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Head Blast

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Sentinels are such divas, they really love head shots.
Concept art by Goran Bukvic
In fiction, blast attacks are generated from all manner of places on the human body; the eyes, the mouth, the hands and even the chest. And then we have Head Blast.

To put it simply, this is the act of firing attacks from the head. Typically this appears as either a beam fired from the forehead, a weapon mounted atop the head/around the face or even turning the head itself into some kind of blaster. Psychic power blasts, such as those fired by comic book telepaths, are usually depicted this way.

A character who fires beams from their literal Third Eye does not qualify as this trope; that's Eye Beams. If it comes out of the mouth, it's a Breath Weapon.

Can sometimes overlap with Weaponized Headgear and Psi Blast.

Not to be confused with Boom, Headshot!, which deals with situations where a head is the target and not the cause of shooting.



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     Anime & Manga 
  • Digimon:
  • Gundam: A lot of Mechas have head-integrated vulcan guns, usually used as anti-personnel weapons.
    • The titular ZZ Gundam of Mobile Suit Gundam ZZ has both the vulcans and a Wave-Motion Gun mounted in its forehead, but firing it drains nearly all of its power.
    • The Wodom mobile suit seen in ∀ Gundam has a single massive weapons platform for a head, containing not just vulcans but also racks for two different kinds of missile and a Wave-Motion Gun of its own.
  • Dragon Ball: As a child, Chi-Chi wore a pink helmet which could fire laser beams.
  • Guyver: This is one of the (many) weapons granted by the eponymous suit of bio-armour. Specifically a small laser emitter mounted roughly in the forehead. At the end of the day its probalby one of the weaker weapons but benefits from being more precise and faster firing than something like the Pressure Cannon and Mega Smasher.
    • The Sonic Buster overlaps with this trope and Breath Weapon given its sound based nature and the emitters being mounted roughly where the Guyver's mouth would be normally.
  • Medabots:
    • Metabee has a pair of missile launchers modeled after a beetle's horn on his head.
    • Arcbeetle has a head-mounted cannon called Prominence.
    • "Cyandog Bites Back" has Churlybear, a Medabot who can fire an energy projectile from its face. Said projectile is even designed to look like Churlybear's face.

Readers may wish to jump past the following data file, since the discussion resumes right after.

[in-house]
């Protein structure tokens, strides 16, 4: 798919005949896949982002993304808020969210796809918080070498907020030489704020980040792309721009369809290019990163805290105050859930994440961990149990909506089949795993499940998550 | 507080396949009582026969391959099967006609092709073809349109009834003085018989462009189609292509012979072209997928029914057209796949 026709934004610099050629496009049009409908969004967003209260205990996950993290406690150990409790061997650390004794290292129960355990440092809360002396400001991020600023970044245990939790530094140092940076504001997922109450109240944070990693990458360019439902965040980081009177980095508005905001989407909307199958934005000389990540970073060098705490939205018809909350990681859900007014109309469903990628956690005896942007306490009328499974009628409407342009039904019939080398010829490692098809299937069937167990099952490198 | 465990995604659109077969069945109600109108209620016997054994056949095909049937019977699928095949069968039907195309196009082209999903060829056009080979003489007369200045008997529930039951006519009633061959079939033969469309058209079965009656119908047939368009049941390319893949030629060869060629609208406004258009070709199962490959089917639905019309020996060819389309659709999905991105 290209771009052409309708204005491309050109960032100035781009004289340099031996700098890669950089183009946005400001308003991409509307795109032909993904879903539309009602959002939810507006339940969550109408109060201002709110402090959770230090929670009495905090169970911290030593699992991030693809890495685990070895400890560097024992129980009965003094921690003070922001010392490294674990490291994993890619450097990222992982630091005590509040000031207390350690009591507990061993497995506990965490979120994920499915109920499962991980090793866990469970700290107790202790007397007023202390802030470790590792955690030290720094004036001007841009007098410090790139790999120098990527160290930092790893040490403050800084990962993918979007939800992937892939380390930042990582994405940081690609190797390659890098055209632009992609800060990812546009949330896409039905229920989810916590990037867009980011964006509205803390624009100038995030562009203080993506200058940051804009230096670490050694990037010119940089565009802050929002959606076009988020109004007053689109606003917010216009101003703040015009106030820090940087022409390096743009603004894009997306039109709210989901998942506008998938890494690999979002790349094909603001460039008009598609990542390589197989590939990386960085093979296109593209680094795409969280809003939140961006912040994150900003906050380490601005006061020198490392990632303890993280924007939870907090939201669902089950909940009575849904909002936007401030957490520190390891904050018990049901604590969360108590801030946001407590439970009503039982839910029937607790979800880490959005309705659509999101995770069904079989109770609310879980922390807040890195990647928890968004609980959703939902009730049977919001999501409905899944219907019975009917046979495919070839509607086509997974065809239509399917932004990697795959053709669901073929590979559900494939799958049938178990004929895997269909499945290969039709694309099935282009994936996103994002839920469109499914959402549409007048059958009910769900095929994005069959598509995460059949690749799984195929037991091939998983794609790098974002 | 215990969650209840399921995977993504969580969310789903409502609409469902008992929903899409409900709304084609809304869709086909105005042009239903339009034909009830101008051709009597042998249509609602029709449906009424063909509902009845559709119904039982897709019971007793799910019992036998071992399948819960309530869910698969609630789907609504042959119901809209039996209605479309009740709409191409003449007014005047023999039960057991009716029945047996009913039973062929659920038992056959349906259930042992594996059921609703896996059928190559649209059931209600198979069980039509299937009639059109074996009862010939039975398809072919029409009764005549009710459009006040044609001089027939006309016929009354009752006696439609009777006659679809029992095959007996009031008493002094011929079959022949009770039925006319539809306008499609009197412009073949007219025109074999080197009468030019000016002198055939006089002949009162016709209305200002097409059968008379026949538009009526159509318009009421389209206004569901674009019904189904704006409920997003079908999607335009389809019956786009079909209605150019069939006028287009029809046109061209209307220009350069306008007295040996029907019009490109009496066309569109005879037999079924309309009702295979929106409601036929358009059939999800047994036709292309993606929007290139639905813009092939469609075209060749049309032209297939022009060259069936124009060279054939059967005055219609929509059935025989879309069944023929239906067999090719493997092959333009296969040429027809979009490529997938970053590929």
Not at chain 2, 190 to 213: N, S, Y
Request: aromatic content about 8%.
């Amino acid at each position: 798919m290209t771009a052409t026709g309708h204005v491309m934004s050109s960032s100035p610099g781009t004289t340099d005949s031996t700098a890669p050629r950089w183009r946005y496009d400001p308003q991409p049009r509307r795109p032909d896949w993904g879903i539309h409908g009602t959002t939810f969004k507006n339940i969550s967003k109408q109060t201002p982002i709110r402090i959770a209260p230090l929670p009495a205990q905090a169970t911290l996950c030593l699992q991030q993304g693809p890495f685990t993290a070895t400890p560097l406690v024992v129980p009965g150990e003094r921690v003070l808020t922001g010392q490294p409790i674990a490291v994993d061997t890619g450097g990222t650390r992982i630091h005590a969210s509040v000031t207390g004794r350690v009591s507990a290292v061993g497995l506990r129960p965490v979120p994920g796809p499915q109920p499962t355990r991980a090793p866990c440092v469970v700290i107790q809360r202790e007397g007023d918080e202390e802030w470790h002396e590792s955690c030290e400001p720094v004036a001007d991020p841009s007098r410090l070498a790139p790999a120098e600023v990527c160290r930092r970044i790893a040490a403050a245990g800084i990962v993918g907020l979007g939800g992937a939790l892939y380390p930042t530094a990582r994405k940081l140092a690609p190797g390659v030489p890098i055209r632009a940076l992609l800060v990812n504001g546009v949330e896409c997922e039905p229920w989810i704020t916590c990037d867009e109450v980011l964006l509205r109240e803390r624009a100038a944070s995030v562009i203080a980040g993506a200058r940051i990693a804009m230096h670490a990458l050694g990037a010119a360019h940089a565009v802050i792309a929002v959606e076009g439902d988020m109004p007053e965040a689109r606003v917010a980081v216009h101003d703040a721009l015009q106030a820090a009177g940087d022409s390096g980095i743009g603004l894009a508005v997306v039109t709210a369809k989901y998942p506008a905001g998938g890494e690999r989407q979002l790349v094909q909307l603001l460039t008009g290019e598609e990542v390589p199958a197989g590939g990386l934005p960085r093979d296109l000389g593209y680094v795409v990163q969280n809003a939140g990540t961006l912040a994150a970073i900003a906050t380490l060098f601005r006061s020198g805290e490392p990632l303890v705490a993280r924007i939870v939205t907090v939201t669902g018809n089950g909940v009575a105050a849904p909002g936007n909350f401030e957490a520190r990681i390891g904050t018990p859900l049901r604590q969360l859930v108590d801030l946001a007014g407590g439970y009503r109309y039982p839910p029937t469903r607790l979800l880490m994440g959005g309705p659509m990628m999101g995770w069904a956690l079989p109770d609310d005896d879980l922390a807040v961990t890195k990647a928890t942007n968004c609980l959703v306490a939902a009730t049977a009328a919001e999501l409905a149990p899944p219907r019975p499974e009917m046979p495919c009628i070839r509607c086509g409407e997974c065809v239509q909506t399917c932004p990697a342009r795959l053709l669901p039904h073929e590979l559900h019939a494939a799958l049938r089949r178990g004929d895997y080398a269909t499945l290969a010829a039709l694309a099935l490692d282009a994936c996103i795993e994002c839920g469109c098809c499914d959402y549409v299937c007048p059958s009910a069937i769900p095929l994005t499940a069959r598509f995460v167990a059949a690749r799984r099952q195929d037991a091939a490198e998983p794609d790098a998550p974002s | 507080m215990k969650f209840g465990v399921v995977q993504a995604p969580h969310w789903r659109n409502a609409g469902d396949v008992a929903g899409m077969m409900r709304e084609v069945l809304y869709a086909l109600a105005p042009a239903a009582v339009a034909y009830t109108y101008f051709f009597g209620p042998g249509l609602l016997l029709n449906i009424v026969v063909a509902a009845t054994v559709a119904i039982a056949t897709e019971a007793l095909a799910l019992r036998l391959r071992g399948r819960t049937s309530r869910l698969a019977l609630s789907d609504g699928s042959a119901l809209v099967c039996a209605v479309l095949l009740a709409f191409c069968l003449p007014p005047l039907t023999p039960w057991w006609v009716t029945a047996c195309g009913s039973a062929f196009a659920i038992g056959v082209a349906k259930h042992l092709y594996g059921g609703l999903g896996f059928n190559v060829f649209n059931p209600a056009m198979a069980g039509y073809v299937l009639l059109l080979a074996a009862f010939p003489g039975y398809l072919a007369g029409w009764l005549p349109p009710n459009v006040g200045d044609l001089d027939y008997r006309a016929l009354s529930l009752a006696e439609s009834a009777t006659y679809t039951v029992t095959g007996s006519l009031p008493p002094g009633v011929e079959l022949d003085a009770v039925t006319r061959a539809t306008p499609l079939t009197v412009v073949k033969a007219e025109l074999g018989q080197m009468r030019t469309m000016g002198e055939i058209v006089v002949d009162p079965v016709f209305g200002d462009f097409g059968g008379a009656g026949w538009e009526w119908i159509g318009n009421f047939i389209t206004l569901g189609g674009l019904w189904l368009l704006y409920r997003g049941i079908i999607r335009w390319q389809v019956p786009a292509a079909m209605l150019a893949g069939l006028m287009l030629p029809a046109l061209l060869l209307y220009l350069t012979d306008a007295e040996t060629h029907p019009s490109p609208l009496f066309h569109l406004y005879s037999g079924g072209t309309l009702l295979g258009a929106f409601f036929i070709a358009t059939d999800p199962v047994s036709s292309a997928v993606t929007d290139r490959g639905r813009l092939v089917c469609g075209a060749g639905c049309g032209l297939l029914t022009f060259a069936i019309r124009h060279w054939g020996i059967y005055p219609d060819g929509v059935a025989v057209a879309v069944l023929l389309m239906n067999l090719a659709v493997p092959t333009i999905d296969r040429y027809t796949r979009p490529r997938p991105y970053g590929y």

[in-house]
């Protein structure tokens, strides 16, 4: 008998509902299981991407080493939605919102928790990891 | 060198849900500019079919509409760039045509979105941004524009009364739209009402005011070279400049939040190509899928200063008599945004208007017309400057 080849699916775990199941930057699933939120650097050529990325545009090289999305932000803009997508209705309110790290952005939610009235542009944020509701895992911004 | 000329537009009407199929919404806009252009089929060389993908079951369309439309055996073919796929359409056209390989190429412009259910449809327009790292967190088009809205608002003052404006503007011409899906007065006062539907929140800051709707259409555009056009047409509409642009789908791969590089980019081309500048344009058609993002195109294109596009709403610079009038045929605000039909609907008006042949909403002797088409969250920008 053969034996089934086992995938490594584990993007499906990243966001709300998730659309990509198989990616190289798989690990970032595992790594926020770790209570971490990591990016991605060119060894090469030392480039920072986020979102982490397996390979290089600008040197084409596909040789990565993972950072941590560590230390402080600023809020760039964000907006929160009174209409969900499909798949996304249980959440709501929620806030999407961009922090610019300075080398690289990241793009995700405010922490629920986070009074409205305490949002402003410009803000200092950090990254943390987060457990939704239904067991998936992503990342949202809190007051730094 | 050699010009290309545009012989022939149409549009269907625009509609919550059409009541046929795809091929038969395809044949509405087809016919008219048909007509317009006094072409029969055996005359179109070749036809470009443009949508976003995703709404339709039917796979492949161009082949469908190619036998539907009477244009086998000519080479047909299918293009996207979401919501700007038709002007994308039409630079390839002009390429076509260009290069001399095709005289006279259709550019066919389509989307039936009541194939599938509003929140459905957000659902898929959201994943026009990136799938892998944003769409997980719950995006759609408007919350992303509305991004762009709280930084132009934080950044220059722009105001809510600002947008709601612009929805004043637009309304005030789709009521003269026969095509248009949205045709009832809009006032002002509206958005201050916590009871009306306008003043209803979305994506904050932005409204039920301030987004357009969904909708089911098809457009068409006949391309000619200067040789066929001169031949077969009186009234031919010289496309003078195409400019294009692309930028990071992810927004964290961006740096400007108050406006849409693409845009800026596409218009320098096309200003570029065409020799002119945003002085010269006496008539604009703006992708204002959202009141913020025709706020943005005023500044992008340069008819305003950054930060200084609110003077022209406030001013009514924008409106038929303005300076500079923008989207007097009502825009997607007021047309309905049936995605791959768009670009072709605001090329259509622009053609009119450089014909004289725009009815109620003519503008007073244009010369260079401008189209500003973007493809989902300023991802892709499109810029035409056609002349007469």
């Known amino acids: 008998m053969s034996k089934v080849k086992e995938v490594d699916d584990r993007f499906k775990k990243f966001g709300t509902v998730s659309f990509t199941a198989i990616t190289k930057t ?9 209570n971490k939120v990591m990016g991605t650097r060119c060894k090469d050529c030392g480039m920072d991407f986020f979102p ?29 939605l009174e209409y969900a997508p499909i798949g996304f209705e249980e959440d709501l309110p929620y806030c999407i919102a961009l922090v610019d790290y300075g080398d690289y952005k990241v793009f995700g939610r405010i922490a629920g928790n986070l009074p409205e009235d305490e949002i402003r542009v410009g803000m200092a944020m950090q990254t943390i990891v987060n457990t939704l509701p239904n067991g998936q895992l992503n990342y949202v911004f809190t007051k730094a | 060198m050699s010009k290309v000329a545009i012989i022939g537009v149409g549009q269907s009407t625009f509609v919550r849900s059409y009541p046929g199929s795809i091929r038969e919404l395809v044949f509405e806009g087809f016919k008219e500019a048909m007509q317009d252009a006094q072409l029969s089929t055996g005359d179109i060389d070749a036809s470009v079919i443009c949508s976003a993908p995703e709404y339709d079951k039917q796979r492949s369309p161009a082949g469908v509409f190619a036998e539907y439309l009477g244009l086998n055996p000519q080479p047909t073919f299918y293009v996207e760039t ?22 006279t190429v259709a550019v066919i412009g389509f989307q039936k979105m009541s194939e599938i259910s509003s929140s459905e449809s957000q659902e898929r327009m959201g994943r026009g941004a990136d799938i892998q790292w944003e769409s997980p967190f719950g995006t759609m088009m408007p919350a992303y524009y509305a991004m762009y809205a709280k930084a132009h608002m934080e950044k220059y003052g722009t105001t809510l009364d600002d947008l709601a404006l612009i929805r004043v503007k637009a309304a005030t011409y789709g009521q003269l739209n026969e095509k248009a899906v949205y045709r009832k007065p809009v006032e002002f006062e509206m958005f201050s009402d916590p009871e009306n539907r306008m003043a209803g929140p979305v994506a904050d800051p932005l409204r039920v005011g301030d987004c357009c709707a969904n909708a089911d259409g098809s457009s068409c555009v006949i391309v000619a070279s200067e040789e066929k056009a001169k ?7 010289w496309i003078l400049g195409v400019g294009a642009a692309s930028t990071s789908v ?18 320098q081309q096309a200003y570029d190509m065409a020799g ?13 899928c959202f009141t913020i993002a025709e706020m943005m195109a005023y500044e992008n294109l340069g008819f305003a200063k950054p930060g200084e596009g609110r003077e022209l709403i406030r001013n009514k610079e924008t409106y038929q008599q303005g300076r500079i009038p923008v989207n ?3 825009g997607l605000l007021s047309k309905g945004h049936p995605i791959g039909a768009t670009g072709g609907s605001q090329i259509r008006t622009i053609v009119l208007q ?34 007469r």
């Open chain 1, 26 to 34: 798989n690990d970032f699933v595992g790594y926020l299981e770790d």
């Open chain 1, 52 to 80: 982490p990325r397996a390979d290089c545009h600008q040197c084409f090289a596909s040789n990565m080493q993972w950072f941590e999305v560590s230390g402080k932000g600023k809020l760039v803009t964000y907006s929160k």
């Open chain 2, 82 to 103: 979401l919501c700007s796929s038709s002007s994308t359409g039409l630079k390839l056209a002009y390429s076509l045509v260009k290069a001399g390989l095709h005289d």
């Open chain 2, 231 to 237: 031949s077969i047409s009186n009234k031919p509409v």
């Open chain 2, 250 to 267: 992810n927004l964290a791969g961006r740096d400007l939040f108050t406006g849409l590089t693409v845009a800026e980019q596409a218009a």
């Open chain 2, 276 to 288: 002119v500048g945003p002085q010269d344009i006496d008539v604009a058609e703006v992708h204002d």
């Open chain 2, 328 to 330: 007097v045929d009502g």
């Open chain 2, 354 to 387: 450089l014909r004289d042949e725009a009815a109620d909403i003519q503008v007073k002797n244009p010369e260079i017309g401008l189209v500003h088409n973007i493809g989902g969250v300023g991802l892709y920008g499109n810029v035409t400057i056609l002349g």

• Naruto: Pain's Asura Path can turn parts of its body into weapons, including a laser cannon inside of its skull.
  • Transformers: Robots in Disguise:
    • One of Megatron's attacks is the "Cutter Beam", a series of vertical, arc-shaped energy blasts fired from the crest atop his head.
    • In Super Mode, Optimus Prime has small lasers on each side of his face.

    Comic Books 
  • Empowered: Heavy Artillery has a large cannon for a head.
  • Giantkiller: Jack can fire energy blasts from his forehead.
  • Legion of Super-Heroes: Valdius of the Fatal Five can fire electric bolts from his exposed brain.
  • Marvel Universe:
    • The Avengers: The Vision can fire solar beams from his eyes or the gem on his forehead.
    • Iron Man: Unicorn wears a helmet that fires laser beams.
    • The Defenders: The villain Ruby Thursday had her head replaced with a red mass of "organic circuitry". The spherical mass can alter its shape so she can form tentacles or fire projectiles and energy blasts. She can also cause her head to explode and reform; she once generated an explosion so powerful it knocked out The Incredible Hulk.
    • The Inhumans: Black Bolt can fire energy beams from the antenna on his mask.
    • M.O.D.O.K. wears a headband which allows him to focus his mental powers into devastating energy beams.

    Films — Animation 

    Films — Live-Action 
  • Austin Powers: In the first movie, Dr. Evil wanted sharks with laser guns attached to their heads in his lair. This request was denied due to sharks becoming an endangered species but he gets them in third movie courtesy of his son Scott.
  • Batman v Superman: Dawn of Justice: Doomsday combines energy coming from both his eyes and mouth into one powerful blast. This causes an epic Beam-O-War between the monster and Superman, who's no match with his own Eye Beams. At their maximum range, Doomsday's blasts can reach all the way to outer space.
  • Dark City: In the climax, John Murdoch discovers he has the Strangers' power of "tuning" (telekinesis), which manifests as a rippling translucent beam from his forehead. When he finally gains conscious control over his tuning in the film's climax, John destroys the Strangers' underground lair with multiple mental blasts, and engages Mr. Book in a Beam-O-War.
  • Marvel Cinematic Universe: